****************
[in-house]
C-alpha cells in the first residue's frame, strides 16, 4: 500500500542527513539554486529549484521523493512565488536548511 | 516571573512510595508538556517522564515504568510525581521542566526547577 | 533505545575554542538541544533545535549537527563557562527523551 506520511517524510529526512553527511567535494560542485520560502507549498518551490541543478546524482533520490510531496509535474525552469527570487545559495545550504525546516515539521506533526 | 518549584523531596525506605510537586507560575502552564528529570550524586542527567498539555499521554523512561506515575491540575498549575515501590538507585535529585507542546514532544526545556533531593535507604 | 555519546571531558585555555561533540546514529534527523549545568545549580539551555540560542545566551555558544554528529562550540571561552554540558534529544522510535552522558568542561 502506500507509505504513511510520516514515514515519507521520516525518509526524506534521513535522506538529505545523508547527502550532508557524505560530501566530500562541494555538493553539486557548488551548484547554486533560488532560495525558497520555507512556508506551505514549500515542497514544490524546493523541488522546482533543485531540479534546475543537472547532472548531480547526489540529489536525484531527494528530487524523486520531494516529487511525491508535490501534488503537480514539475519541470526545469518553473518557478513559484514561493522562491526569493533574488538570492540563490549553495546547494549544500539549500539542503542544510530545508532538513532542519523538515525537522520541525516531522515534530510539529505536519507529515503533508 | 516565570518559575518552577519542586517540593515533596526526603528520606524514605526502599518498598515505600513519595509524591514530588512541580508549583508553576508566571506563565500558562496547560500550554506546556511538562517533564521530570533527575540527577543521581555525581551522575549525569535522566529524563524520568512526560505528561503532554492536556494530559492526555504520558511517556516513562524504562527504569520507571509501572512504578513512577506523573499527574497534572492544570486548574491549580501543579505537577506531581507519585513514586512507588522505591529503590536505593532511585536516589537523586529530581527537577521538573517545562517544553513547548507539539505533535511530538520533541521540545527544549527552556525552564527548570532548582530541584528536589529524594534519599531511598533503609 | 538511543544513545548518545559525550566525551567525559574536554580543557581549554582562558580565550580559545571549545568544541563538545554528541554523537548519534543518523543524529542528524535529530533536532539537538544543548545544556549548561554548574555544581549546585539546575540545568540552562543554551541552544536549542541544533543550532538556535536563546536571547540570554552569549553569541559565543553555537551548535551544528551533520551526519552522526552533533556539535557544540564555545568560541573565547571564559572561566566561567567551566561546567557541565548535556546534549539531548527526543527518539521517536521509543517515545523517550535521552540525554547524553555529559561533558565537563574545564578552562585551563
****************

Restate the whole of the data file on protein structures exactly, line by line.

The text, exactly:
[in-house]
C-alpha cells in the first residue's frame, strides 16, 4: 500500500542527513539554486529549484521523493512565488536548511 | 516571573512510595508538556517522564515504568510525581521542566526547577 | 533505545575554542538541544533545535549537527563557562527523551 506520511517524510529526512553527511567535494560542485520560502507549498518551490541543478546524482533520490510531496509535474525552469527570487545559495545550504525546516515539521506533526 | 518549584523531596525506605510537586507560575502552564528529570550524586542527567498539555499521554523512561506515575491540575498549575515501590538507585535529585507542546514532544526545556533531593535507604 | 555519546571531558585555555561533540546514529534527523549545568545549580539551555540560542545566551555558544554528529562550540571561552554540558534529544522510535552522558568542561 502506500507509505504513511510520516514515514515519507521520516525518509526524506534521513535522506538529505545523508547527502550532508557524505560530501566530500562541494555538493553539486557548488551548484547554486533560488532560495525558497520555507512556508506551505514549500515542497514544490524546493523541488522546482533543485531540479534546475543537472547532472548531480547526489540529489536525484531527494528530487524523486520531494516529487511525491508535490501534488503537480514539475519541470526545469518553473518557478513559484514561493522562491526569493533574488538570492540563490549553495546547494549544500539549500539542503542544510530545508532538513532542519523538515525537522520541525516531522515534530510539529505536519507529515503533508 | 516565570518559575518552577519542586517540593515533596526526603528520606524514605526502599518498598515505600513519595509524591514530588512541580508549583508553576508566571506563565500558562496547560500550554506546556511538562517533564521530570533527575540527577543521581555525581551522575549525569535522566529524563524520568512526560505528561503532554492536556494530559492526555504520558511517556516513562524504562527504569520507571509501572512504578513512577506523573499527574497534572492544570486548574491549580501543579505537577506531581507519585513514586512507588522505591529503590536505593532511585536516589537523586529530581527537577521538573517545562517544553513547548507539539505533535511530538520533541521540545527544549527552556525552564527548570532548582530541584528536589529524594534519599531511598533503609 | 538511543544513545548518545559525550566525551567525559574536554580543557581549554582562558580565550580559545571549545568544541563538545554528541554523537548519534543518523543524529542528524535529530533536532539537538544543548545544556549548561554548574555544581549546585539546575540545568540552562543554551541552544536549542541544533543550532538556535536563546536571547540570554552569549553569541559565543553555537551548535551544528551533520551526519552522526552533533556539535557544540564555545568560541573565547571564559572561566566561567567551566561546567557541565548535556546534549539531548527526543527518539521517536521509543517515545523517550535521552540525554547524553555529559561533558565537563574545564578552562585551563